After almost a decade of requiring LEED certification for all federal building projects, the U.S. General Services Administration (GSA) is suggesting in a new report that the Green Globes rating system aligns slightly better than LEED with federal requirements for new construction, while LEED remains the most compatible green building rating system for existing buildings.
The differences identified between the two systems are not marked, and the report acknowledges that apples-to-apples comparisons are difficult. The reviewers also claim the report “does not recommend a certification system,” but repercussions remain to be seen; a similar report from 2006 was used to justify GSA’s continued use of LEED.
To judge the “robustness” of green building certification systems, the reviewers compared federal guiding principles for building projects against features of three voluntary rating systems—Green Globes, LEED, and the Living Building Challenge—considering new construction separately from existing buildings. In keeping with the requirements of the Energy Independence and Security Act of 2007, the goal was to identify which systems allow projects to meet federal requirements with the least extra effort by project teams.
Findings regarding new construction
For new construction, Green Globes directly addresses the highest number of federal priorities—25 out of 27. However, as with all of the rating systems analyzed, project teams have to make an extra effort in several categories in order to meet federal guidelines.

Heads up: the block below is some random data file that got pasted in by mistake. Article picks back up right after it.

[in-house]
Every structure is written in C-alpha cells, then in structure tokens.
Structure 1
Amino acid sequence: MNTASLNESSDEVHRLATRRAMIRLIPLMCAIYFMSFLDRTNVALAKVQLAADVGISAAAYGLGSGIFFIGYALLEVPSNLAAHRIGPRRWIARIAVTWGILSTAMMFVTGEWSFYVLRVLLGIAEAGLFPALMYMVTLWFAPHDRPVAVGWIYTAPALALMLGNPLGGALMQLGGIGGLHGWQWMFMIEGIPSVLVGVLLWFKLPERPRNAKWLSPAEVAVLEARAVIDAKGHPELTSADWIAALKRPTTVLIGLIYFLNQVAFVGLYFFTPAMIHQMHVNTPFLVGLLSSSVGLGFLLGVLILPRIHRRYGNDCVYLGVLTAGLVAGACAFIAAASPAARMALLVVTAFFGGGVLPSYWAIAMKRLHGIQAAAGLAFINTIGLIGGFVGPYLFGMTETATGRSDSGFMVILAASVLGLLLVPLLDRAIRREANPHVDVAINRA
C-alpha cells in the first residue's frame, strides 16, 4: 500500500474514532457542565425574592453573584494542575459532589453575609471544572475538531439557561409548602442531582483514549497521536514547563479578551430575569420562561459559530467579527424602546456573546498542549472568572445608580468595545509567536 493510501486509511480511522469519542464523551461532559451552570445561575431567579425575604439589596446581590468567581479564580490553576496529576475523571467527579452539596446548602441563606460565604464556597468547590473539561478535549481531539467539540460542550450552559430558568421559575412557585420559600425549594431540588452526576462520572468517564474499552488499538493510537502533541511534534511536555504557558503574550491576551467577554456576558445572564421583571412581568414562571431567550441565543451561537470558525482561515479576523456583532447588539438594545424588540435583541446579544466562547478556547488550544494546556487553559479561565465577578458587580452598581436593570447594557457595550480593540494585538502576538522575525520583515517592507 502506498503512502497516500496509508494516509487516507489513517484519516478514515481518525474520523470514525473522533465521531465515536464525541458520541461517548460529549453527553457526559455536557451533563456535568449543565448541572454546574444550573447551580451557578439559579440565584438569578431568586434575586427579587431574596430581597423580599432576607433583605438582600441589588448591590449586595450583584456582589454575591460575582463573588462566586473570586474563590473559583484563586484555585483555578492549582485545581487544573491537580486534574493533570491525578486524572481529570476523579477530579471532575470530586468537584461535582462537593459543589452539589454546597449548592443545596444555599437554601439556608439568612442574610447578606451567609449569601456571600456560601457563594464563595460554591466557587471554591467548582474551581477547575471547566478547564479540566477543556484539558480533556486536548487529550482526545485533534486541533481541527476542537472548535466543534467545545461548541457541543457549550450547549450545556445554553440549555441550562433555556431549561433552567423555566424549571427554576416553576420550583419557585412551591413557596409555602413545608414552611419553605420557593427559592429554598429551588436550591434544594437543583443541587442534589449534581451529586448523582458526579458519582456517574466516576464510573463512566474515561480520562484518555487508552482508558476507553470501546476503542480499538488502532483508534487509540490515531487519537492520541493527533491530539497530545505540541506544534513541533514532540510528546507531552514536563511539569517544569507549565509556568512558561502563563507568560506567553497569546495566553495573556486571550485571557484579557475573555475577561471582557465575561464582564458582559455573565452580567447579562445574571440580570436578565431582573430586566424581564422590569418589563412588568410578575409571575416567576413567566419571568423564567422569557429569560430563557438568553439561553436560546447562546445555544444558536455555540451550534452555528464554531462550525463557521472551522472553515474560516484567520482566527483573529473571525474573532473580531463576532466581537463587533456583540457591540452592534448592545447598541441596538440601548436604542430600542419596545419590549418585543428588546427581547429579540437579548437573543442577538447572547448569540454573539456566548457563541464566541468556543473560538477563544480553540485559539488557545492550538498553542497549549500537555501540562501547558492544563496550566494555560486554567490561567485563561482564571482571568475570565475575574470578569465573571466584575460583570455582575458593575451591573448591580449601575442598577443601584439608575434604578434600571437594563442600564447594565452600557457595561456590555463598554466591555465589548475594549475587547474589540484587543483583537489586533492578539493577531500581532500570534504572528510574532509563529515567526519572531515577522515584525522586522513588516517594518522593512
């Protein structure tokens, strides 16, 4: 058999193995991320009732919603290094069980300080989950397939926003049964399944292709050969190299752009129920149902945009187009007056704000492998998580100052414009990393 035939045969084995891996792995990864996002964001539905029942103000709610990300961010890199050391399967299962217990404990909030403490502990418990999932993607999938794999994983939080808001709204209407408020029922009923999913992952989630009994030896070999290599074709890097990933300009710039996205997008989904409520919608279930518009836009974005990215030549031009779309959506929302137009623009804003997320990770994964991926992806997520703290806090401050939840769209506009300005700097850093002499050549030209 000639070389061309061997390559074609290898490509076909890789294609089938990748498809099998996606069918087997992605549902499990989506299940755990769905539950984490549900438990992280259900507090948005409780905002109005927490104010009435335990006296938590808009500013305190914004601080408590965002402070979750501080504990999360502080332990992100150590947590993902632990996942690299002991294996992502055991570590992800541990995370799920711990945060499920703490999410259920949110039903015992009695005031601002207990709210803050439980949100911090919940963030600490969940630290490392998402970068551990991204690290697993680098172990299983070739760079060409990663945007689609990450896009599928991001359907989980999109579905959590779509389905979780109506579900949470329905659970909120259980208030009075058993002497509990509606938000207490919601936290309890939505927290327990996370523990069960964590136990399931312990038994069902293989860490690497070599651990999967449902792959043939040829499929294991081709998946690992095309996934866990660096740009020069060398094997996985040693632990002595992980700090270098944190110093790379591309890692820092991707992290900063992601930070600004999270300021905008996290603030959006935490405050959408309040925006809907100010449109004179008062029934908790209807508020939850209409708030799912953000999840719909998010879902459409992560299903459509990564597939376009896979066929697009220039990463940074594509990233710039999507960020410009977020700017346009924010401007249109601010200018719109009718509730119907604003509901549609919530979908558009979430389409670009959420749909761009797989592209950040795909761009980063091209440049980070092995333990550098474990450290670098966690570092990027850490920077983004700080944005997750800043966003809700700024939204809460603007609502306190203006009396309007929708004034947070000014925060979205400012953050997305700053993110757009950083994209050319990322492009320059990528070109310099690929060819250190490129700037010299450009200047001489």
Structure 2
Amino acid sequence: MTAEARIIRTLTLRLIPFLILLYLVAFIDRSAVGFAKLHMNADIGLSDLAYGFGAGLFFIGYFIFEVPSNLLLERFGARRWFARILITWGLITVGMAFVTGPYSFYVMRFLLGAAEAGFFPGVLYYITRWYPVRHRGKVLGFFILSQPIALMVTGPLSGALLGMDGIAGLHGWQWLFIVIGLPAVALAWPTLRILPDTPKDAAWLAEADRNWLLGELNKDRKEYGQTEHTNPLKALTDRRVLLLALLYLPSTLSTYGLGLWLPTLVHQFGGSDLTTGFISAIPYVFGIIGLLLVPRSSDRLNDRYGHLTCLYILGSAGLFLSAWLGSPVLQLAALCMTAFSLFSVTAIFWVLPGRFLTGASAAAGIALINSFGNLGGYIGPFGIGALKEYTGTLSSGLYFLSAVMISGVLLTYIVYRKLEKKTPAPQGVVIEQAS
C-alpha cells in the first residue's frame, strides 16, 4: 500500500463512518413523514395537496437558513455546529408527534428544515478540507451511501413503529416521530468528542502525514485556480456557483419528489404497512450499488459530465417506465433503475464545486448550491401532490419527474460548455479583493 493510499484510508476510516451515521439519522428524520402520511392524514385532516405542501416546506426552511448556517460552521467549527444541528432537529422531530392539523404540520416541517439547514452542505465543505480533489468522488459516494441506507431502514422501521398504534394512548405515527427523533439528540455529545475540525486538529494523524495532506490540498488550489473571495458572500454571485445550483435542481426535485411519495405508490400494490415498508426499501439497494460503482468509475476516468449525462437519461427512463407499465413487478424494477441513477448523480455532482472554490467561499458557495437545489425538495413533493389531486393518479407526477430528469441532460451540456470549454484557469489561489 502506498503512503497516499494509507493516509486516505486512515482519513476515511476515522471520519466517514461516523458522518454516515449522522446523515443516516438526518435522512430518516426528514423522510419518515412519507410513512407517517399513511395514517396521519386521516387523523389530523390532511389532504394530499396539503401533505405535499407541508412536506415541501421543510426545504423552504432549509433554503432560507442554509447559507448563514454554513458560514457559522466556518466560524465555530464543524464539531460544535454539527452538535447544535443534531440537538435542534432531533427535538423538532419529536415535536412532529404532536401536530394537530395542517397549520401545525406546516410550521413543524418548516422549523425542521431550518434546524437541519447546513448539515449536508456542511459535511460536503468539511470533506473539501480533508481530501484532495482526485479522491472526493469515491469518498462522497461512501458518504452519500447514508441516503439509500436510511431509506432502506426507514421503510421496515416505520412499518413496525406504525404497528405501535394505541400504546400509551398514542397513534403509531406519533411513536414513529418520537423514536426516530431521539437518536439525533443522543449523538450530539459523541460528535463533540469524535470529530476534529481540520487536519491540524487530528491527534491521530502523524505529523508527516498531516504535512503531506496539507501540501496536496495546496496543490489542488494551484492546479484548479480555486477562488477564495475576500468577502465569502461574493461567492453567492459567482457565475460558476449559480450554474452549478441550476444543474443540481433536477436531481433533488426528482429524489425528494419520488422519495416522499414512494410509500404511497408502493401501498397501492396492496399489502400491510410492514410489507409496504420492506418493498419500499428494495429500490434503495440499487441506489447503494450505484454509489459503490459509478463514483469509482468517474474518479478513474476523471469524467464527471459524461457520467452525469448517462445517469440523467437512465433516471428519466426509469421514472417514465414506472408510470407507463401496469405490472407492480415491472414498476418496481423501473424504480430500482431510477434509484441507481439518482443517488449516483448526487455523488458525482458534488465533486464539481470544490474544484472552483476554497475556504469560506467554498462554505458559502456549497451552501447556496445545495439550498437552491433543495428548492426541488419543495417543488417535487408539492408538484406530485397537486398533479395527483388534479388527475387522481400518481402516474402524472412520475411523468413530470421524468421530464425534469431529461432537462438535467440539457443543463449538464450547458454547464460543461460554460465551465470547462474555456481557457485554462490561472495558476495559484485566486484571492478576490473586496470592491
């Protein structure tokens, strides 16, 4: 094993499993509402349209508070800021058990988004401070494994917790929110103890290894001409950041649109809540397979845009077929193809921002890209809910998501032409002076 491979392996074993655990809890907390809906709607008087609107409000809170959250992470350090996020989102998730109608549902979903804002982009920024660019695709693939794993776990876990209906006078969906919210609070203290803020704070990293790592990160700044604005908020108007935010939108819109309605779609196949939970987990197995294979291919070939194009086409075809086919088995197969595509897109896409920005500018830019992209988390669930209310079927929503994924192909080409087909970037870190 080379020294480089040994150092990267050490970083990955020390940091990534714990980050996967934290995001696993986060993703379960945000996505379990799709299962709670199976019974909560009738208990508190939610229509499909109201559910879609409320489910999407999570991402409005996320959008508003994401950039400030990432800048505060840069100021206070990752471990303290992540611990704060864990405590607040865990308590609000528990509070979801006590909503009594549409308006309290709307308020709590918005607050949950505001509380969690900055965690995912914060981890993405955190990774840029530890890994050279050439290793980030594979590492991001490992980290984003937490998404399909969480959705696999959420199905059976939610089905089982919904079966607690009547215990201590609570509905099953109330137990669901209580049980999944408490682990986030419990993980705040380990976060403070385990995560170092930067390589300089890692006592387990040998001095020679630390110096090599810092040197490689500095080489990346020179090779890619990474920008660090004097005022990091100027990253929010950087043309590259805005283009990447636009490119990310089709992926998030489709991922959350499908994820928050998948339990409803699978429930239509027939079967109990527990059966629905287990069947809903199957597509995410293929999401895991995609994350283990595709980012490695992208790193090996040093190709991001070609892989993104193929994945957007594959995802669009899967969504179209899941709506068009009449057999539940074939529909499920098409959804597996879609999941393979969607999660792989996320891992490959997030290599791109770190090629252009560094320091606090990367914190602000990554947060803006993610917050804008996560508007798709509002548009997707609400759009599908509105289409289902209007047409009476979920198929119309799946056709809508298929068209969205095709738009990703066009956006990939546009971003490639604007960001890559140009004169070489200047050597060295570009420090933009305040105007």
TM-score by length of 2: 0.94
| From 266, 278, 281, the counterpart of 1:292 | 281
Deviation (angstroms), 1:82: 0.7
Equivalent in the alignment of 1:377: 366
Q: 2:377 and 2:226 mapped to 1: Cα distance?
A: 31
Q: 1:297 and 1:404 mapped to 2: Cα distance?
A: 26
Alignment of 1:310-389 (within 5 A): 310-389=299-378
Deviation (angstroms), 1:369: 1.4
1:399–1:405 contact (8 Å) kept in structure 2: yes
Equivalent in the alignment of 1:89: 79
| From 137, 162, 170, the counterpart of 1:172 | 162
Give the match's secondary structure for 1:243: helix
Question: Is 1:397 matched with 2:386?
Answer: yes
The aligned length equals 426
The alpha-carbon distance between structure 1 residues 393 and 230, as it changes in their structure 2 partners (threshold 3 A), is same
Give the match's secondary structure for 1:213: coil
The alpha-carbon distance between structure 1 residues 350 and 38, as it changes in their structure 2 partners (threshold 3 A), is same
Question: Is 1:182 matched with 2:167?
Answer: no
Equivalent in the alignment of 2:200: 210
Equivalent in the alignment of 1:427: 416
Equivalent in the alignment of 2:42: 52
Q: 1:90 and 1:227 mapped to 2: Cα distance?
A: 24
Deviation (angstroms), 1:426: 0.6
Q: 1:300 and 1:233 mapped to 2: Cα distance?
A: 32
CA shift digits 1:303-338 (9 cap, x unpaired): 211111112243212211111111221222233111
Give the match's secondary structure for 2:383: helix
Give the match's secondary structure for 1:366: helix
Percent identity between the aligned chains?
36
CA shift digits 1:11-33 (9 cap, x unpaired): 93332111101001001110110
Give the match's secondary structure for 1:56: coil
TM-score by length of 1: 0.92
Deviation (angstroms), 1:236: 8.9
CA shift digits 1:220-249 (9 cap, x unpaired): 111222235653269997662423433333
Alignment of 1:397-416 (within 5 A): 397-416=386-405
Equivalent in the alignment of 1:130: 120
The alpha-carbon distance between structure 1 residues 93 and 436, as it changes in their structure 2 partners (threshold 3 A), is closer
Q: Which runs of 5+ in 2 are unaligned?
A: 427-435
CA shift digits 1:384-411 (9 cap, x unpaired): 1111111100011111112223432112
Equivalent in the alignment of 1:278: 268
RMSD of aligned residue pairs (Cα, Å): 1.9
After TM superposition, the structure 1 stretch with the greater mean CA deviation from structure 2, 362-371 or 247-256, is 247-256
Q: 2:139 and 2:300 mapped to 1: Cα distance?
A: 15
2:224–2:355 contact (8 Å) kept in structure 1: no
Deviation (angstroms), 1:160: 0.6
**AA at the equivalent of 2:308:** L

• Although Green Globes has no prerequisites, optional credits helped the system match federal green building requirements more closely than those of any other rating system for new construction. Fifteen of these credits, however, would have to exceed the requirements laid out by Green Globes in order to match federal needs. Green Globes does not address two federal requirements at all: benchmarking and building system controls.
• LEED prerequisites guarantee compliance with four federal requirements (something Green Globes doesn’t do at all), and optional credits provide compliance with seven more requirements. Nine credits would have to exceed LEED’s requirements in order to meet federal standards. LEED does not address seven of the categories at all, though this could change with LEED 2012 (which in draft versions for example, addresses integrated design).
• The Living Building Challenge (LBC) has only prerequisites and no optional credits. Fourteen LBC requirements align to some degree with federal requirements, but there are thirteen others that LBC does not address.
Copyright 2012 by BuildingGreen Inc.